Oops, ‘Chened it’ results in penalty

One of the most embarrassing shots in golf occurs when you hit it twice?

In a match play event at my club in Texas four years ago, I had battled back to win the closing three holes to square my match. My opponent and I both were just short of the green on the first playoff hole, but only 20 feet from the cup. I was away. A putter would have been the easy choice to get the ball close enough for a sure par. However, since my opponent was getting a handicap stroke on the next playoff hole, I selected a wedge, wanting to land the ball just over the fringe and try to put the pressure on him by chipping it in the cup. That’s when I caught the ball on my follow through, hitting it a second time and sending it ricocheting off to the left.

“What happened?” my opponent asked.

“I just ‘Chened it’,” I answered, letting him know that a penalty applied.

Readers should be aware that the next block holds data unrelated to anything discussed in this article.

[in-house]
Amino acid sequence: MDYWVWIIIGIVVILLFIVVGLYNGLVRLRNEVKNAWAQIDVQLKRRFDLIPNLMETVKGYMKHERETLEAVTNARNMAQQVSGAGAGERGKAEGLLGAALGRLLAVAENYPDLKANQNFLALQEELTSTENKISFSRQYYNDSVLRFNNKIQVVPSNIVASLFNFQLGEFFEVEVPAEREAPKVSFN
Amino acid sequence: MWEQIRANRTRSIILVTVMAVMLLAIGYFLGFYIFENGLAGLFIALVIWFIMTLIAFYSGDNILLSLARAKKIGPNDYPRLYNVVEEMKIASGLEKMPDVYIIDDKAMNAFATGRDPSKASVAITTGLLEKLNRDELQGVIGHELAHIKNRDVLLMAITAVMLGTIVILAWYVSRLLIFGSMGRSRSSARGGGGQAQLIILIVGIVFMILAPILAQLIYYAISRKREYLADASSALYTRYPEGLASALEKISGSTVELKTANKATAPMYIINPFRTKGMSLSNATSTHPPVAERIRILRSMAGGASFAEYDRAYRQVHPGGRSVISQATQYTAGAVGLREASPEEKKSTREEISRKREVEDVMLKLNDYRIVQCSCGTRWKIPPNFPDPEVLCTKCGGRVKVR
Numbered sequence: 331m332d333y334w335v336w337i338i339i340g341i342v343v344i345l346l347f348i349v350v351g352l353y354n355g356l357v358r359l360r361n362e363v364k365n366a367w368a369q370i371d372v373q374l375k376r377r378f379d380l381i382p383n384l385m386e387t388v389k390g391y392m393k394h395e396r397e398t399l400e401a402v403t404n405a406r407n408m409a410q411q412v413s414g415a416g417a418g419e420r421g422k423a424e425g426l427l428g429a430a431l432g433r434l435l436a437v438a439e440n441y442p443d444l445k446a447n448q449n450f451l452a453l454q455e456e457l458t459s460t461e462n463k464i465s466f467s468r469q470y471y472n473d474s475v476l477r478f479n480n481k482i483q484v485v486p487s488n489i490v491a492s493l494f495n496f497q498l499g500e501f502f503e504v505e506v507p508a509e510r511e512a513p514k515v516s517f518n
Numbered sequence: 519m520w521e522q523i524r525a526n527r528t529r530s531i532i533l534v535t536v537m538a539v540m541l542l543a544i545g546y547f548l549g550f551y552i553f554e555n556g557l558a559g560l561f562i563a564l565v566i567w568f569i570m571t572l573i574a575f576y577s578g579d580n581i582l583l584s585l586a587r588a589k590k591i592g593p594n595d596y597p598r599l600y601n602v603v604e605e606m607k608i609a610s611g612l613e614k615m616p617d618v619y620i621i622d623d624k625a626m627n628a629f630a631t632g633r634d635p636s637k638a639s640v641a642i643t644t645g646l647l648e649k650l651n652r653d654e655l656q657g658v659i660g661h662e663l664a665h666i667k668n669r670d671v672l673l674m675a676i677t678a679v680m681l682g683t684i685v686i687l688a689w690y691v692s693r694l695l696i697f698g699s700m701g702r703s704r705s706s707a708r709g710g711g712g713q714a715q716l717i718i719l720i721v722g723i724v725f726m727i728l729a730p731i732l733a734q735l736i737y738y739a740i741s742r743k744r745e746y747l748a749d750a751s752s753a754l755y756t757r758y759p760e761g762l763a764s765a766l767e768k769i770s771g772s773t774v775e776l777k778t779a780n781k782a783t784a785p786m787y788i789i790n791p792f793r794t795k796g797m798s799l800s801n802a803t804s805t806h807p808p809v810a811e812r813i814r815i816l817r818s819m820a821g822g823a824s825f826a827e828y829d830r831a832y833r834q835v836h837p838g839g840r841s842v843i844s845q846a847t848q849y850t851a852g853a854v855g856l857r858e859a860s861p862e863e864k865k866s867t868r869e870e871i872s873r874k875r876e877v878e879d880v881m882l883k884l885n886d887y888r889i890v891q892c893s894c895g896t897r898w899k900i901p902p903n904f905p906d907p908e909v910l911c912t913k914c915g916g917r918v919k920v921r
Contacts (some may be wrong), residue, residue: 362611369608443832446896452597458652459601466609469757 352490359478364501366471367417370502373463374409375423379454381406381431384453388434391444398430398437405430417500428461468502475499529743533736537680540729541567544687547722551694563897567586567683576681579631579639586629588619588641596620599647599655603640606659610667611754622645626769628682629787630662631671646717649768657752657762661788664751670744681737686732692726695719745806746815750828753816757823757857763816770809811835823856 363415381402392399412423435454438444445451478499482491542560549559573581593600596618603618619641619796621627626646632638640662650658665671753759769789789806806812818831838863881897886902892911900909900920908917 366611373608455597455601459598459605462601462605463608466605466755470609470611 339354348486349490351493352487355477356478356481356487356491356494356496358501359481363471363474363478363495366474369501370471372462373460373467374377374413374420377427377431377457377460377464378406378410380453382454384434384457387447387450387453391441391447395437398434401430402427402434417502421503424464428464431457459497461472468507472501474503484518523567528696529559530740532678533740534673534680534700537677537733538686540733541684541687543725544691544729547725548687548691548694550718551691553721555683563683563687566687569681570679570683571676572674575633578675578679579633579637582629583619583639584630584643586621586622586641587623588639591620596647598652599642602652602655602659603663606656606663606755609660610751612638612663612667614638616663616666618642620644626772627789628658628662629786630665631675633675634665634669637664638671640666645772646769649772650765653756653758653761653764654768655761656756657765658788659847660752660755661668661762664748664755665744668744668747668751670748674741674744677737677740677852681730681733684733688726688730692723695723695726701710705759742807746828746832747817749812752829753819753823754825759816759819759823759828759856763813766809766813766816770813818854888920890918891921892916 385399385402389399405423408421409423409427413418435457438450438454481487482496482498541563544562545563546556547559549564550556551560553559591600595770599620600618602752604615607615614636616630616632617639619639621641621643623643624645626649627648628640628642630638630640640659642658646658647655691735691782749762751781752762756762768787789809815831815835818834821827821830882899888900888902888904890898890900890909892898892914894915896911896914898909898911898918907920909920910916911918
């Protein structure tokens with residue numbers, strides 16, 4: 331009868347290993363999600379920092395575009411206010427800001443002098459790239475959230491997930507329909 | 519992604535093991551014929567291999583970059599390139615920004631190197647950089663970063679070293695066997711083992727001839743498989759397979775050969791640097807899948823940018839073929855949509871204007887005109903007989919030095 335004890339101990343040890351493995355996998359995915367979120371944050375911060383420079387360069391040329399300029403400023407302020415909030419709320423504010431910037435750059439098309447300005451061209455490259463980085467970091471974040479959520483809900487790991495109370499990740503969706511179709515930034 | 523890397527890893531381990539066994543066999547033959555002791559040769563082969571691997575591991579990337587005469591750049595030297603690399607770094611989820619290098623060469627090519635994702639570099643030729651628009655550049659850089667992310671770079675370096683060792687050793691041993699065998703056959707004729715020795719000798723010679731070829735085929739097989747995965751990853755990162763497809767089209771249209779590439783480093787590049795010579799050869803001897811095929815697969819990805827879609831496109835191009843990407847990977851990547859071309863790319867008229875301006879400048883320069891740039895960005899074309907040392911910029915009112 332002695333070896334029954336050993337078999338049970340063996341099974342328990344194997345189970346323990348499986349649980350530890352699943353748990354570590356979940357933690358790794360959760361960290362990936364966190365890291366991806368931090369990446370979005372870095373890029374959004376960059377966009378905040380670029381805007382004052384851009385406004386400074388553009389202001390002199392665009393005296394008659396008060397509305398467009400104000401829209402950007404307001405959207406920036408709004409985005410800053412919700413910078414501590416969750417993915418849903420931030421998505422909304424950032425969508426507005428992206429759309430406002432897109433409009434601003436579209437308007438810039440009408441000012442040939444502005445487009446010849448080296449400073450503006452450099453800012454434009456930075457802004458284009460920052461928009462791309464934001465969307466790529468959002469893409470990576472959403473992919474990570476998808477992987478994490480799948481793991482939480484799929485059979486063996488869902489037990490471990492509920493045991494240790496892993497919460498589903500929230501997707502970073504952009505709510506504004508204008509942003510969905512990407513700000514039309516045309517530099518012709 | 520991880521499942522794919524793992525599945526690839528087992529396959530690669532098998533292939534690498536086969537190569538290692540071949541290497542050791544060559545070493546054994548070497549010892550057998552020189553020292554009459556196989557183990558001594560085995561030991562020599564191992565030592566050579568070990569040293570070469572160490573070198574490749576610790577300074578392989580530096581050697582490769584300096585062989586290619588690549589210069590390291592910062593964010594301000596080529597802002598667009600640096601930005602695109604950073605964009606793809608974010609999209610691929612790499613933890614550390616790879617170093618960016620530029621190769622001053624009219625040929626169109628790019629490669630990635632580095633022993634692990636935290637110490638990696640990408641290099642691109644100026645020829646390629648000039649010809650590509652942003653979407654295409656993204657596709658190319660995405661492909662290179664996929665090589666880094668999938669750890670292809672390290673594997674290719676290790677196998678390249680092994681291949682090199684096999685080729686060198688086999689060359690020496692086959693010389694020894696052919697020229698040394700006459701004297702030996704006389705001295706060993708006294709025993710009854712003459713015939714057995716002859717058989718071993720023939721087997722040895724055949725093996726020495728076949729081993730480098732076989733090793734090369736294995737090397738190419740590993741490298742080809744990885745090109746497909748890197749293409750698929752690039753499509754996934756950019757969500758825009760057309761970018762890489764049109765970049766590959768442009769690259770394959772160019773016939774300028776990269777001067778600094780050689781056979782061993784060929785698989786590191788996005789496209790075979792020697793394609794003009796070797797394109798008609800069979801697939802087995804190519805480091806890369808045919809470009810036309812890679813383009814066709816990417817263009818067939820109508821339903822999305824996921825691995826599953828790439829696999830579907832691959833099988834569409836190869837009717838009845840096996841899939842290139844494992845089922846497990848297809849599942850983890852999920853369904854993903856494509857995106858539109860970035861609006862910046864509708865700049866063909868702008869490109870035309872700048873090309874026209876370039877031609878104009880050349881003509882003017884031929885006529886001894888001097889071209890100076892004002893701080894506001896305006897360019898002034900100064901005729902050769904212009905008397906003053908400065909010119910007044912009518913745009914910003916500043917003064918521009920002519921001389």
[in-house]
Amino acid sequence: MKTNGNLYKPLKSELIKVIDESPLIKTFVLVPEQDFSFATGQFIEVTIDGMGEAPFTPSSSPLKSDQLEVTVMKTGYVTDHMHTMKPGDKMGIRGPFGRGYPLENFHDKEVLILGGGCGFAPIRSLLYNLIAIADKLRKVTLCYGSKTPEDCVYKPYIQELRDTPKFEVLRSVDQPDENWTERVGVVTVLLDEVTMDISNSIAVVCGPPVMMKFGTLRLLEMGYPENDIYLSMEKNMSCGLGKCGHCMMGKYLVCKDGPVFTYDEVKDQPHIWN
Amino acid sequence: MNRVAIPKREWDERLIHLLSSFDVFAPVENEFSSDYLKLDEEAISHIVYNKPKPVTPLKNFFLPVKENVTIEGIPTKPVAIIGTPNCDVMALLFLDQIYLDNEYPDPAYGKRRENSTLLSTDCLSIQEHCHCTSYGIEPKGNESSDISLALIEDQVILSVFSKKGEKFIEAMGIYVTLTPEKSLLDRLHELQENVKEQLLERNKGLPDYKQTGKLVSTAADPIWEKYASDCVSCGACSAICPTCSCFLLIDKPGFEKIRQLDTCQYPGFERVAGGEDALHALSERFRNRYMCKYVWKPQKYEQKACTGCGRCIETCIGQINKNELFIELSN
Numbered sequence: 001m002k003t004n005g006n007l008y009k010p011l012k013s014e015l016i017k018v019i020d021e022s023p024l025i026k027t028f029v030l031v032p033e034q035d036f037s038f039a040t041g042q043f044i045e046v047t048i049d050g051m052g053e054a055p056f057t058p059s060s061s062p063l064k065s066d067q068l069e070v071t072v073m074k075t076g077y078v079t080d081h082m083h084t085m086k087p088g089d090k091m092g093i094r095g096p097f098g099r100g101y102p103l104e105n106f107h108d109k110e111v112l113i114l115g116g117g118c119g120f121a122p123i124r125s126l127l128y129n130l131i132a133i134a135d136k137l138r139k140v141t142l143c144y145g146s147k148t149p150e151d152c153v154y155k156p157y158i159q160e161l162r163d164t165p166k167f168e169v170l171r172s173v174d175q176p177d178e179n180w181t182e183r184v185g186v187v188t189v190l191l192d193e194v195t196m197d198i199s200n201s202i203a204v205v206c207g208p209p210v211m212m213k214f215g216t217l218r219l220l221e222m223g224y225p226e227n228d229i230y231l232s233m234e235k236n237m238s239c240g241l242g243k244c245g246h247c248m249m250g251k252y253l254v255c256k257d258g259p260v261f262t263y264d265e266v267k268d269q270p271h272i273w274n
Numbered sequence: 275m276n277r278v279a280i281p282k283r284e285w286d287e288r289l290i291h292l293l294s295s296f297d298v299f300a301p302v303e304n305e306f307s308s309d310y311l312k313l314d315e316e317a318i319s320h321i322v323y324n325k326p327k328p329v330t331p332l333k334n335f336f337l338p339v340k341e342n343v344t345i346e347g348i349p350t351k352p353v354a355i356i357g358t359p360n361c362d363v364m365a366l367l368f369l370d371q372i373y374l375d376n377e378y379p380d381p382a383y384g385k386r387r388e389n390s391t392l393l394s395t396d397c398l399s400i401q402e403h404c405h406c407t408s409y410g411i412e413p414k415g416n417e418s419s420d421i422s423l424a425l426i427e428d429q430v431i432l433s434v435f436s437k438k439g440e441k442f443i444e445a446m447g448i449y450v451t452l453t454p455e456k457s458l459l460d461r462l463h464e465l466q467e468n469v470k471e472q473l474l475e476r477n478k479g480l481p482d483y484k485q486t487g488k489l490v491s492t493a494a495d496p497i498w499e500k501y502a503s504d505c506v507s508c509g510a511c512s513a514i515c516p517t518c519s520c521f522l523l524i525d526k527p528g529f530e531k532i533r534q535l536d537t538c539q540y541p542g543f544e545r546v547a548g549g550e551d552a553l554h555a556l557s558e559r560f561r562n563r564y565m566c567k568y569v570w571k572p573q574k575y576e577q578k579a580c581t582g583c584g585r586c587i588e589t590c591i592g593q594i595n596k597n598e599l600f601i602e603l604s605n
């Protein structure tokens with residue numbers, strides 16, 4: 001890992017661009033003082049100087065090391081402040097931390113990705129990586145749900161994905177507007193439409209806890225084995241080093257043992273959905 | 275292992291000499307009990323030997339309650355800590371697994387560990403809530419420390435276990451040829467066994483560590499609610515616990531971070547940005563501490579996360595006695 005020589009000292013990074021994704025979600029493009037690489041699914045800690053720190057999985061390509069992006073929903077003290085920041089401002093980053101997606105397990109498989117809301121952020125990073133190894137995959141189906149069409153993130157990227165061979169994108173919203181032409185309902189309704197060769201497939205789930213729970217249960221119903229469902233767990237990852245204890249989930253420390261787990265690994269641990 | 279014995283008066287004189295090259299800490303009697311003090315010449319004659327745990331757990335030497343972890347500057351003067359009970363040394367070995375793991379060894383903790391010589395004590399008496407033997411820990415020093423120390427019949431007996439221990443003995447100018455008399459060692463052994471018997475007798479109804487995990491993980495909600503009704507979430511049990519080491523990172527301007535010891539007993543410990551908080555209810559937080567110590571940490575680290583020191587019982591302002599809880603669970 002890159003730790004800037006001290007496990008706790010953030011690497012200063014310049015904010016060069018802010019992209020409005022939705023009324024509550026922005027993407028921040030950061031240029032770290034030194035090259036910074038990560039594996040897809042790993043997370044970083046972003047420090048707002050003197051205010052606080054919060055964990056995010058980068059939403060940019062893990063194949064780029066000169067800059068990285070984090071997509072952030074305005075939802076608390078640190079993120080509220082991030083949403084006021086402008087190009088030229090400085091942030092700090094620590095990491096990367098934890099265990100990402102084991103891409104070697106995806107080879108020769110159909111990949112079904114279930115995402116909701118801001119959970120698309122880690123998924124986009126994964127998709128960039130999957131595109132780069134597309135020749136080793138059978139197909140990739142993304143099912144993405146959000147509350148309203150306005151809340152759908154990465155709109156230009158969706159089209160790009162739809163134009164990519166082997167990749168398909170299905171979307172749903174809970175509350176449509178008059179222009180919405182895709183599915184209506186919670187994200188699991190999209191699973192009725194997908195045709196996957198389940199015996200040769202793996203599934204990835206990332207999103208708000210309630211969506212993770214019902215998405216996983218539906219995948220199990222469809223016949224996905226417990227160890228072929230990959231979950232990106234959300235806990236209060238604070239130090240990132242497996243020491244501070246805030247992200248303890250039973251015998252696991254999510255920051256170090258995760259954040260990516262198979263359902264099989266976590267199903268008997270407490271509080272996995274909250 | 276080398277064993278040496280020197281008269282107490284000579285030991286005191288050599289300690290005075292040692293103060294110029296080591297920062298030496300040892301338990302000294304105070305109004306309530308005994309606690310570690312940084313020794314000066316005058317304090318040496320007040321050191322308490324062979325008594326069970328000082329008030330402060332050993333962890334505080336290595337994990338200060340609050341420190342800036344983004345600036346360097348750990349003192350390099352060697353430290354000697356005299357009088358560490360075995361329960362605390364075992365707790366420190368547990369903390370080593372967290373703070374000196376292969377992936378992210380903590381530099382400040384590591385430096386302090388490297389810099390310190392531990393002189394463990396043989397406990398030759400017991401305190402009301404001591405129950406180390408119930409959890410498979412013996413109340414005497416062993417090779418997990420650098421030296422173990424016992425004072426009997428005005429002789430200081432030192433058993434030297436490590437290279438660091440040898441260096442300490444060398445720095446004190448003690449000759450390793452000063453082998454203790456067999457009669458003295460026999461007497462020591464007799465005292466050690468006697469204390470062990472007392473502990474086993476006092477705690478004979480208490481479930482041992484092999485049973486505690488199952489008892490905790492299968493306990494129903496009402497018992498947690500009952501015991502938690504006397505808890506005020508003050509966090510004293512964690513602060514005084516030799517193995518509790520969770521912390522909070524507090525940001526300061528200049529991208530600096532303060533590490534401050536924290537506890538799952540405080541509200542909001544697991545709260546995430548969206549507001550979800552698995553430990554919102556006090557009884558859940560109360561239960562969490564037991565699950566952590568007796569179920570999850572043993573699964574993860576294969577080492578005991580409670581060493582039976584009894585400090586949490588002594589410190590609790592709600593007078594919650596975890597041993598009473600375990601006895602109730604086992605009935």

Rule 14-4 is quite clear about such a situation: “If a player’s club strikes the ball more than once in the course of a stroke, the player shall count the stroke and add a penalty stroke, making two strokes in all.” Thus, I was laying four on the green. When I missed my putt for bogey, I conceded his par putt from three feet.

To those who might not remember, T.C. Chen was leading the 19885 U.S. Open at Oakland Hills by four strokes. His approach on the par 5 fifth hole finished in thick rough about 15 feet off the green with the pin tucked just 12 feet onto the green. Chen’s flop shot with a wedge caught the ball a second time on the follow through, leaving the ball on the fringe. Viably shaken since he now lay five, Chen took three more putts for an eight. Chen ended up losing the title to Andy North by a stroke.

In a European Tour event last year, a player did not realize he had hit the ball twice until a video confirmed it.

 What are other embarrassing shots? A whiff where you miss the ball entirely—yes I’ve done that when my club got caught by a tree limb when I tried to advance the ball left-handed back to the fairway—and the shank, where the ball is hit off the hosel of the iron.

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